Reay Tannahill, to her credit, is one of the few historical novelists who depicts the marriage of Richard and Anne as being motivated by practical considerations, with the couple growing to love each other as the marriage progresses. (To her added credit, Tannahill also resists the temptation of making the cookshop incident into the usual three-hanky melodrama; in her novel The Seventh Son, it's almost farcical.)

Of course, one very well known royal marriage was very likely based on love, or at least on lust: that of Edward IV and Elizabeth Woodville. That match had all the ingredients of star-crossed romance: rich boy and poor girl, king and commoner, Yorkist family versus Lancastrian family, opposition from the elders (at least Edward IV's elders), a secret marriage--the works. All you need is a balcony, and you've got Romeo and Juliet. But mention the match of Edward and Elizabeth, and the same people who can't abide the notion of Richard and Anne marrying for material considerations will suddenly grow flinty-hearted and dry-eyed. They start muttering about witchcraft and trickery and all sorts of unpleasantness.

I guess love is a many-splendored thing. Unless you're the king and your wife is a Woodville.

Tuesday, August 7, 2007

Some Nonfiction for Your Reading Pleasure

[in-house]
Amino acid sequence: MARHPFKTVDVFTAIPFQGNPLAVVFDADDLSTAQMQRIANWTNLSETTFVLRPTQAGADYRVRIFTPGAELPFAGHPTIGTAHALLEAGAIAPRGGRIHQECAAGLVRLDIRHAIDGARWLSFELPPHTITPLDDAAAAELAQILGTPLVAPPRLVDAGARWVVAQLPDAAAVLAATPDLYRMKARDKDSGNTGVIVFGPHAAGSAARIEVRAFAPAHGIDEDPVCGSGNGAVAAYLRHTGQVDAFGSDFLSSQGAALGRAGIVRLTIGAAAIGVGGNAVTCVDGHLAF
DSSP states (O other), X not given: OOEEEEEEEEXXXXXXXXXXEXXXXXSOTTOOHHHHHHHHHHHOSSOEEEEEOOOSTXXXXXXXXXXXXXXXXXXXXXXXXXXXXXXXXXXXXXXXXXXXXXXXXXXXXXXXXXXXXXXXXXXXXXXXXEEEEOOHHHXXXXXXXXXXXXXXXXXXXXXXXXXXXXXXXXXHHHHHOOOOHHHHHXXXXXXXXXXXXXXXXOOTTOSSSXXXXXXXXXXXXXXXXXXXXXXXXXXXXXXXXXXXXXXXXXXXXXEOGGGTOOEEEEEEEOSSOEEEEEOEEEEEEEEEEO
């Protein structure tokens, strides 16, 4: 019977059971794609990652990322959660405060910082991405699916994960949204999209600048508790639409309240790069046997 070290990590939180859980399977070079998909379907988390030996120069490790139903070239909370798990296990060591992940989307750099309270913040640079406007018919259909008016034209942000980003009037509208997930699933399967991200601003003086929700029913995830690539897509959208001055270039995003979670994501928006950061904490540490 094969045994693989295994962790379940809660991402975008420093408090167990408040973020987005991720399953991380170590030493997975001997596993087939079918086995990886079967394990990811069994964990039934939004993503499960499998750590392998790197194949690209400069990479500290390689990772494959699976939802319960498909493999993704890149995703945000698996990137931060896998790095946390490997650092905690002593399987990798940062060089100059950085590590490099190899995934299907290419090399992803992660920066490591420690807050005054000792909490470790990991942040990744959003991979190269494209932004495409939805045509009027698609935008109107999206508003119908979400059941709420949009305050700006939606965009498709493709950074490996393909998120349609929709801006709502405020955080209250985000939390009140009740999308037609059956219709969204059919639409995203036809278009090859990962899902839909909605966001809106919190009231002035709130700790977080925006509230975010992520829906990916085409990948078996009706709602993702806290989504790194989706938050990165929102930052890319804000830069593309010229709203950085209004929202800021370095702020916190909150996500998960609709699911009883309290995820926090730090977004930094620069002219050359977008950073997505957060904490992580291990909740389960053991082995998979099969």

The other day I tried to post some of my favorite Richard III-related reads in the sidebar, but Blogger was in a mood. So as I'm pressed for time but wanted to keep the blog active, I'll mention just a few of my favorite nonfiction books on Richard III here:

A. J. Pollard, Richard III and the Princes in the Tower. Beautifully illustrated and written in a lively style, this is a fair-minded assessment of the king and his actions.

Charles Ross, Richard III. A thorough biography of Richard III.

Louise Gill, Richard III and Buckingham's Rebellion. An account of the rebellion against Richard and those involved in it; covers the rest of Richard III's reign as well.

Rosemary Horrox, Richard III: A Study in Service. Richard III's reign is examined through a look at the men who served him--and those who turned against him.

Anne Crawford, The Yorkists. A brief but absorbing look at the dynasty from Richard, Duke of York to Elizabeth of York.

J. L. Laynesmith, The Last Medieval Queens. Lots of interesting tibits about the households of Margaret of Anjou, Elizabeth Woodville, Anne Neville, and Elizabeth of York.

John Gillingham, The Wars of the Roses. An excellent short history of the conflict.

Desmond Seward, The Wars of the Roses Through the Lives of Five Men and Women of the Fifteenth Century. Seward focuses on William Hastings, John de Vere, Earl of Oxford, Margaret Beaufort, John Morton, and Jane Shore--a fascinatingly mixed bag.

I haven't listed Paul Murray Kendall's biography of Richard III. It's compellingly written, but it's very romanticized and ignores or minimizes unsavory episodes in Richard III's life such as his treatment of the widowed, elderly Countess of Oxford. Some issues of genuine importance, such as whether the pre-contract story was true or a fabrication by Richard III and his supporters, are relegated to footnotes, and the mystery of the Princes is confined to an appendix, albeit a long and prominent one. It also makes no pretense of objectivity in dealing with Elizabeth Woodville, who's clearly the villain of the piece. Worth a read, but not as the only book one reads about Richard III.